Jo came into her little ship and shut the hatch. It was actually a shuttle she had bought off a ship dealer that didn’t need it. It was rather plain on the inside, though there were a few personal touches. For example, there was a blanket on the bed of the shuttle that had beautiful designs with lively colors such as red, blue, and purple embroidered into it. Jo had gotten the blanket as some of her payment when a settlement she worked for once didn’t have enough actual money to pay her. Jo sighed, taking the paper she had gotten from the man out of her coat, flopping down on her bed as she opened the note to read it again.
A while ago, I came across some information that might interest you. I understand that your parents fought in the Unification War on the side of the Independents. Some evidence has surfaced that suggests that your parents may not have been who people thought they were. Have you ever considered that your parents were actually working for the Alliance and just putting on a Browncoat front? The fact is, you have no evidence either way. But I have proof that they were traitors. If you would like to see the evidence and find out the truth, meet me whenever you like at the coordinates I have attached. Hope to see you soon.
There was no name attached, just some coordinates. The feeling of panic was grasping Jo’s senses again. No. This couldn’t be true. Her parents weren’t traitors. But the person in the letter was right: she had no evidence either way. Jo folded the note back up and threw it on the floor. She closed her eyes and hugged her new brown coat. “Mom, Dad . . .” she whispered to her coat. “You couldn’t have . . . You were better than that . . .”
Jo needed something to take her mind off this matter. She made the decision to go get a job from Badger tomorrow. That would help. At least she would have something to do besides fret about her parents. She curled up on her bed and hugged her coat more tightly to her. She sighed softly, drifting off to sleep with so many thoughts sliding around in her mind.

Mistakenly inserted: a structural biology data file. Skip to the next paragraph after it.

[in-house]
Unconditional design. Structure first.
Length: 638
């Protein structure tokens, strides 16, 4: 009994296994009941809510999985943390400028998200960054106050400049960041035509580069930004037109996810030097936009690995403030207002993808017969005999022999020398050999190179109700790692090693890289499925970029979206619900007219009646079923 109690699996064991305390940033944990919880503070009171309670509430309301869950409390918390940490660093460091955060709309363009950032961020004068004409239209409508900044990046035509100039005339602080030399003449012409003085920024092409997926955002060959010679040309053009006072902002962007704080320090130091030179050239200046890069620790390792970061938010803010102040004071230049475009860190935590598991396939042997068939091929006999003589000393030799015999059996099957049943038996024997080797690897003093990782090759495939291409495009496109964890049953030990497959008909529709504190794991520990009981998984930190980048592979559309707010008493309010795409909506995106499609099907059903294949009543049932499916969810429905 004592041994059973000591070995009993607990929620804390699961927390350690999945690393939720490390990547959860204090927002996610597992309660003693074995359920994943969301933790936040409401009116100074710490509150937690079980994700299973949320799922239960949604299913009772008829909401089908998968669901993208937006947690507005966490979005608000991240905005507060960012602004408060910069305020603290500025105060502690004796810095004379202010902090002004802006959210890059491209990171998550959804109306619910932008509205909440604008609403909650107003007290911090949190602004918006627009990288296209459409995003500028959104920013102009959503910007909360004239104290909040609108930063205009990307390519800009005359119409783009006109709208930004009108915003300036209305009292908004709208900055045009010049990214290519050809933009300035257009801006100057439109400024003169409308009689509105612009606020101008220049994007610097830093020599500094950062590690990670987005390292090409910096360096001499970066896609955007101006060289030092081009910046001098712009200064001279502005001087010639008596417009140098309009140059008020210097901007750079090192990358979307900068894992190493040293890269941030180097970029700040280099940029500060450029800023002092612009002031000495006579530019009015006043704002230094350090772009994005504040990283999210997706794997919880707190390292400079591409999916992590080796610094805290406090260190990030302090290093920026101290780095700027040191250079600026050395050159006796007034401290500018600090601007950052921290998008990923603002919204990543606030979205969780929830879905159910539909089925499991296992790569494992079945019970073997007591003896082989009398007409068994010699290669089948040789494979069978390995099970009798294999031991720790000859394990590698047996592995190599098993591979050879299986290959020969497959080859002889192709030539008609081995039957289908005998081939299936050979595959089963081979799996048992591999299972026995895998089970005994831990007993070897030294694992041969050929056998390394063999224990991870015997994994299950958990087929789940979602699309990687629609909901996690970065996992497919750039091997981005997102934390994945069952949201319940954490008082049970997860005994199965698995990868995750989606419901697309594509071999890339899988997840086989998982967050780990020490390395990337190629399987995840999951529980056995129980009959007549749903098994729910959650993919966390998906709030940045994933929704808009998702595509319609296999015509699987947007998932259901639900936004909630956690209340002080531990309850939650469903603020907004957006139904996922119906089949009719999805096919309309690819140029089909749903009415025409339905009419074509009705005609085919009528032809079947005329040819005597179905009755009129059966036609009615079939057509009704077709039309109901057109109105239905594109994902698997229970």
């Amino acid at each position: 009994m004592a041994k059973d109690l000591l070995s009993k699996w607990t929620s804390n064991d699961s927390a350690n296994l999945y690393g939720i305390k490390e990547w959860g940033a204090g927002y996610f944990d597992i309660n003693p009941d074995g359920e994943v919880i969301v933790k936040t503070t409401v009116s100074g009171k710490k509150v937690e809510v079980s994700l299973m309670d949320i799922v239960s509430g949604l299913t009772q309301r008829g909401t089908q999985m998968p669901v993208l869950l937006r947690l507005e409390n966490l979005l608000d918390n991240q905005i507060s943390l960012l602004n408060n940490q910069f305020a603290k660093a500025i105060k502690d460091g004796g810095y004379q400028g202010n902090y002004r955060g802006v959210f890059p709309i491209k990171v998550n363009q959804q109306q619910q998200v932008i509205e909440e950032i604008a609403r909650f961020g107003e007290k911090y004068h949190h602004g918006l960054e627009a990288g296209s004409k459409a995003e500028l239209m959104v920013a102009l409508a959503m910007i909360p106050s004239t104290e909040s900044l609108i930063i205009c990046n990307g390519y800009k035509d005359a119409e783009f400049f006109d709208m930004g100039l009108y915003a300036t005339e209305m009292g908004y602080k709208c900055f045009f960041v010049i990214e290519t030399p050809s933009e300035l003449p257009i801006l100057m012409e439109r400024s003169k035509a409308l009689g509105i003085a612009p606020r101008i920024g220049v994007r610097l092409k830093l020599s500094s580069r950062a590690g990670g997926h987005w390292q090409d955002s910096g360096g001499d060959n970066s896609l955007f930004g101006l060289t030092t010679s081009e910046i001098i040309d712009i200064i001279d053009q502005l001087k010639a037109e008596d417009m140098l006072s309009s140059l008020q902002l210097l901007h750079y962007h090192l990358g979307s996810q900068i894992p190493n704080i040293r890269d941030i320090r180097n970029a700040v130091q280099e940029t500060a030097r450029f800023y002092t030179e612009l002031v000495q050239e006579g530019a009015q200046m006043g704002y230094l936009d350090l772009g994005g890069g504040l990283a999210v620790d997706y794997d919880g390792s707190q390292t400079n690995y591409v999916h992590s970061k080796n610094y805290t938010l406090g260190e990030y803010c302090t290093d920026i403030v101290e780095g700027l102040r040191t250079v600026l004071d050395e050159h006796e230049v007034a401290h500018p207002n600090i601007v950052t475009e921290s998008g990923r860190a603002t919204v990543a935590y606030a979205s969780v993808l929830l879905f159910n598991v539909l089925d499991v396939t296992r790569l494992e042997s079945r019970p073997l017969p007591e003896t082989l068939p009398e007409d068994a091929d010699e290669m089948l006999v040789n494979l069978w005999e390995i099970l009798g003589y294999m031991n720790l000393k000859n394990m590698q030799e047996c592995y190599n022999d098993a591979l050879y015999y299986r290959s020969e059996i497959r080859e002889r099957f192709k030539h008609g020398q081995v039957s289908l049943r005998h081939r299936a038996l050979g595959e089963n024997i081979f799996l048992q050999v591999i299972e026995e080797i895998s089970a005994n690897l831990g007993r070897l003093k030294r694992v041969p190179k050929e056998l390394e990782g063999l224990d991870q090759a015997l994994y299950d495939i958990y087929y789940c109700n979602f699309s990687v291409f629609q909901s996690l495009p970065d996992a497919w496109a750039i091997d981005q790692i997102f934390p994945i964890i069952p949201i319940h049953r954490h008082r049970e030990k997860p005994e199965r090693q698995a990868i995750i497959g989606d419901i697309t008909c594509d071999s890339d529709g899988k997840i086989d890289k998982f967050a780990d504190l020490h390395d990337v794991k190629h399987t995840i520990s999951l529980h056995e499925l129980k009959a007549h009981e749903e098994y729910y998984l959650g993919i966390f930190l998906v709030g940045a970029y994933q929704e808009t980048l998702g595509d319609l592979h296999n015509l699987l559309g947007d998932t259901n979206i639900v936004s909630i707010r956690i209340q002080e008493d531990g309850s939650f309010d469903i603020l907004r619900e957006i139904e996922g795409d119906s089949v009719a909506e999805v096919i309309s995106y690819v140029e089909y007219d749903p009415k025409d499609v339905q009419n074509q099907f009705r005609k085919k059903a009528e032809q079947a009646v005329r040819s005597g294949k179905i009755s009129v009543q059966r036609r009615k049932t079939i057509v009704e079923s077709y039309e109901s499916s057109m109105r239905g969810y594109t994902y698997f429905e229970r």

Mal, Zoe, and Jayne stepped off of Serenity, Mal sighing softly. They all glanced at each other before heading wordlessly off toward Badger’s den.
Jo walked through the crowd in the streets of Persephone, en route to her uncle’s den. The letter from the mysterious stranger was still resting in her coat pocket. She hung her head thoughtfully as she walked toward the den.
“Hey, watch it!” Jo said it at the exact same time the person she had bumped into said it. She glared up, but the glare soon faded into a smile when she saw someone she instantly recognized: Malcolm Reynolds, Captain of Serenity. “You!” Mal and Jo said simultaneously, pointing to each other. Mal smirked a bit.
“Something’s different about you,” Mal said, as if he hadn’t seen it automatically.
Jo flipped the collar of her own brown coat a bit. “Give you three guesses.”
Zoe was the one that answered. “New coat, right?”
“Bingo,” Jo said with a smile. “So what brings you guys to Persephone?”
“Business with your uncle, actually,” Mal answered. “We need a job. Think you could come with us, put in a good word?”
“Actually, I want a job of my own, so – ” Jo stopped in the middle of her sentence when she remembered why she wanted a job. She reached in her coat and pulled out the letter. “Mal, you need to read this. Zoe, you need to read it, too.” She handed the letter over to Mal, who read it with Zoe looking over his shoulder.
Jayne glanced at the letter. “What about me?”
“Doesn’t concern you,” Jo answered, not looking at Jayne. Jayne looked rather confused, though he said nothing as Mal and Zoe read the letter.
“Who sent this to you?” Mal asked, looking at Jo.